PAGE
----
Leek and Chard Tart (with optional goat cheese)
For the crust (pâte brisée)
350 grams All-purpose flour (yes, I know I said I didn’t weigh anything, but I use a liter graduate that’s marked variously for the actual ingredient being measured, so there’s a scaled line for flour, for sugar, for water, etc., with the volume being measured indicated in grams if it is a dry ingredient—I’ve never seen such a graduate in the ‘States, so you may, indeed, have to get out the kitchen scale). On another note: the flour in French supermarkets is softer than American all-purpose flour—less gluten—and you might want to consider adding a small amount of cake flour to replace and equal amount of the all-purpose; all in all, however, the flour from King Arthur (Sands & Taylor’s venerable brand from Vermont) should work fine without any tampering or tinkering;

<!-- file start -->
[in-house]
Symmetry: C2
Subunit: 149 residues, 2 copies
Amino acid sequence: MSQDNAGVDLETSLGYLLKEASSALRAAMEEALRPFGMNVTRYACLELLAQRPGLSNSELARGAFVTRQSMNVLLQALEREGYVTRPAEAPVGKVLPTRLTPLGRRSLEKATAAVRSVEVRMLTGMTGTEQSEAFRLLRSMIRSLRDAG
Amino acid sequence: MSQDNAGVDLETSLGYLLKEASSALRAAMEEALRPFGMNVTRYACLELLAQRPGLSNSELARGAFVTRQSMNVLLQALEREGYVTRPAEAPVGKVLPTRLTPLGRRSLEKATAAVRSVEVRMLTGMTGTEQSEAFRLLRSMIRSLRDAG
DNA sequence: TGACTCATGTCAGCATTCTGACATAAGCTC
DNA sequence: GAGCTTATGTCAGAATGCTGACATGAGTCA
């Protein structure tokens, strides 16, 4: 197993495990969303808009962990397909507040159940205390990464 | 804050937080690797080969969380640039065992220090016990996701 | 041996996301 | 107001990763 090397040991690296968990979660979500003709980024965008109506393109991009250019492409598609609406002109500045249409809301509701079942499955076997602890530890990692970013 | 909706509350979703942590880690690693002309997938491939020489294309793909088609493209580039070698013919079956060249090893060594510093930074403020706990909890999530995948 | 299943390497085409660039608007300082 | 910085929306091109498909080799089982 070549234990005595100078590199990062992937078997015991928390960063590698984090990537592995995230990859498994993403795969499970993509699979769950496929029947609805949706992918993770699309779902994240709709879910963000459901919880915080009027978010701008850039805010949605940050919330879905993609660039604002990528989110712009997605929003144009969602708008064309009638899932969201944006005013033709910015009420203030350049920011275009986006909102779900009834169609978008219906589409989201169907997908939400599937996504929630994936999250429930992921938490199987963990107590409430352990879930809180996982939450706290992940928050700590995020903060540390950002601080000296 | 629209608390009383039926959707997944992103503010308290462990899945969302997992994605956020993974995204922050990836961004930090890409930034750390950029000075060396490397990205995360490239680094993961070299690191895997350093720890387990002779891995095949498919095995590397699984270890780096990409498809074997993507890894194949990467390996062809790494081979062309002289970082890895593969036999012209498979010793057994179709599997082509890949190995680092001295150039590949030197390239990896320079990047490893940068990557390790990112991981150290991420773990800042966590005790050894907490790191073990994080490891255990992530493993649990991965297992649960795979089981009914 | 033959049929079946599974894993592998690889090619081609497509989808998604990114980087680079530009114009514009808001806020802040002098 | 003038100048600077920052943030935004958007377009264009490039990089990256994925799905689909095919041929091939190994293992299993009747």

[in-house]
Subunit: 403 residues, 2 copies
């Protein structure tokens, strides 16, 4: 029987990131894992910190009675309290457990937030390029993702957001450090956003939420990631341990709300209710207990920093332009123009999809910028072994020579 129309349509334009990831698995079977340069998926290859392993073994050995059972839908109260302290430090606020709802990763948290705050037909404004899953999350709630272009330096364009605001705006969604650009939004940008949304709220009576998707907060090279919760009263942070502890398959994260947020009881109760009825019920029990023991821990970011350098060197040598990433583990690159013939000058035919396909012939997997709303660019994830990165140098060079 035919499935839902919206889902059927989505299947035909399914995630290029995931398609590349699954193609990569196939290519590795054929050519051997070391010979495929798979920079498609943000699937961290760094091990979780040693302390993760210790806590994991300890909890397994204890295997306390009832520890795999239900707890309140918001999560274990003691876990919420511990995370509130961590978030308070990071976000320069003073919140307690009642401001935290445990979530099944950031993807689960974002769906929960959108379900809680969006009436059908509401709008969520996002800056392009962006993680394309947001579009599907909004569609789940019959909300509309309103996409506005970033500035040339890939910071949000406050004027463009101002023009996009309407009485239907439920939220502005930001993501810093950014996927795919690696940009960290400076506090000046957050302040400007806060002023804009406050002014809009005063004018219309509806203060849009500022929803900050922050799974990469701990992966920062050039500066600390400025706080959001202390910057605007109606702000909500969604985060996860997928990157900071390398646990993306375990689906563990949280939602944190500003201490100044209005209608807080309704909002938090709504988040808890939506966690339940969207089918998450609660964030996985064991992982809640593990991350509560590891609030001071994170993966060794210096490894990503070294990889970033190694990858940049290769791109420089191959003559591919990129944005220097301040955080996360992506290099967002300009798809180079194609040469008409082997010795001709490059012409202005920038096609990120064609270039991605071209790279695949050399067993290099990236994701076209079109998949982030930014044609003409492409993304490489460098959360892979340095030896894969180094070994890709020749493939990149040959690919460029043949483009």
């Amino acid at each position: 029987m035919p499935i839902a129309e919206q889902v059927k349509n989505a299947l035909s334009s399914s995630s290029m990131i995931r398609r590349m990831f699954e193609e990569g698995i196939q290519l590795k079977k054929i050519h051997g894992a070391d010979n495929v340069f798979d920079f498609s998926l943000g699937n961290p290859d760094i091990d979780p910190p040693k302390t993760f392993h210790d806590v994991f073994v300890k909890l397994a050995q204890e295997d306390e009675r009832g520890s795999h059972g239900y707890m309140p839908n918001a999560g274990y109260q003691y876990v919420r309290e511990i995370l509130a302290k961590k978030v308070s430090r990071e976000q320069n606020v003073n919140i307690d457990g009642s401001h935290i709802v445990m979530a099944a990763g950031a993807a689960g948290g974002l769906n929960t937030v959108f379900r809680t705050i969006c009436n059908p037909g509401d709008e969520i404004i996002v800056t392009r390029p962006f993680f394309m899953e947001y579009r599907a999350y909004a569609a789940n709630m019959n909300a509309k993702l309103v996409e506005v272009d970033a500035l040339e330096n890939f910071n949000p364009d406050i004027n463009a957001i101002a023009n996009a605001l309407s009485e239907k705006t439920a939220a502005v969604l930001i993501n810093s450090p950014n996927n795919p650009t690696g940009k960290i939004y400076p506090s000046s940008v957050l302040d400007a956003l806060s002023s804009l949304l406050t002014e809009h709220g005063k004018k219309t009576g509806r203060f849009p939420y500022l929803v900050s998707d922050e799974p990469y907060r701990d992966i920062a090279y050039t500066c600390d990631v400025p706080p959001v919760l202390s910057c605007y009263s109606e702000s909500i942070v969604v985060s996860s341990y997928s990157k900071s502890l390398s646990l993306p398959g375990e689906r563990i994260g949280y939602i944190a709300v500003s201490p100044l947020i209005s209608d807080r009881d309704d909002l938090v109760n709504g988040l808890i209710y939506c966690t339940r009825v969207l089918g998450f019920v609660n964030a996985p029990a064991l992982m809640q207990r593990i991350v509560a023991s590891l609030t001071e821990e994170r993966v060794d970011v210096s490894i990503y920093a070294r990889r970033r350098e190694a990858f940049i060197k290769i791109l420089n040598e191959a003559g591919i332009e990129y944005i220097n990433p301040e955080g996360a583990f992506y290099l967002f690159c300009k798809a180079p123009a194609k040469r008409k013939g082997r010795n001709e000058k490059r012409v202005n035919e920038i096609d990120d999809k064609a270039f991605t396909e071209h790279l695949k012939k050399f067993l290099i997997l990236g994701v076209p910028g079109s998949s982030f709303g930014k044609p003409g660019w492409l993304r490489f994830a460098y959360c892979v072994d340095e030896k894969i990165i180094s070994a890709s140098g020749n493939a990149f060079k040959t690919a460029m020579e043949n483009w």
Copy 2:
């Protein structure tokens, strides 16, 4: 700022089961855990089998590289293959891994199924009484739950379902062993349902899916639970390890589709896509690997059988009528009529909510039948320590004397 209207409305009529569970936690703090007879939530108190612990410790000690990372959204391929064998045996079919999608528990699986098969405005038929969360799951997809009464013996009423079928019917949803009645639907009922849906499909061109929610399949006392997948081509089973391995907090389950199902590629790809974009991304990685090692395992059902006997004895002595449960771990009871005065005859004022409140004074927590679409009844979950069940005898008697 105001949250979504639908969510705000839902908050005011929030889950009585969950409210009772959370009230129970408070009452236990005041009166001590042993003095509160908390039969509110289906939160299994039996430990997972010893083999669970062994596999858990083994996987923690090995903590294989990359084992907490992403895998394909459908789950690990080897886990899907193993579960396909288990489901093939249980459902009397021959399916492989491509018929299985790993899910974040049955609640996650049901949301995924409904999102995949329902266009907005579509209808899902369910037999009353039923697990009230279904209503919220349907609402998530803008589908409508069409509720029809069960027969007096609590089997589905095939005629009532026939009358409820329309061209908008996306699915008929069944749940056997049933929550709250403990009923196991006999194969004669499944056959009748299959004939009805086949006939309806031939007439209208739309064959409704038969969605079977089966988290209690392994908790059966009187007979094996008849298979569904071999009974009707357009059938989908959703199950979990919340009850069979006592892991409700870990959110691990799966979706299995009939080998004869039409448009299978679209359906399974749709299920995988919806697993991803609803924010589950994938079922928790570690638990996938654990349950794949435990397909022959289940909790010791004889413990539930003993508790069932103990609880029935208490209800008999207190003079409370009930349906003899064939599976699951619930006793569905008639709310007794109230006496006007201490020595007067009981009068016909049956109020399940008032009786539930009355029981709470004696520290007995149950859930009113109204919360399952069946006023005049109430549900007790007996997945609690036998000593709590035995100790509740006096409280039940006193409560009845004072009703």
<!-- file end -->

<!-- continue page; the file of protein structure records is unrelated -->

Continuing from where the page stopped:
175 grams 82+ (or higher)-butter-fat unsalted butter (butter is sold by weight, so I guesstimate from the total full packet—usually 250 or 500 grams—approximately what fraction is the amount I need)
several tablespoons of iced water
Optional: granulated sea salt
In a food processor, add the butter cut into medium-size bits (about a teaspoon apiece) to the flour in the bowl, using the conventional metal-blade. Add a pinch or two of salt if you like.
In bursts, combine the butter and flour until all of it is about the consistency of coarse meal.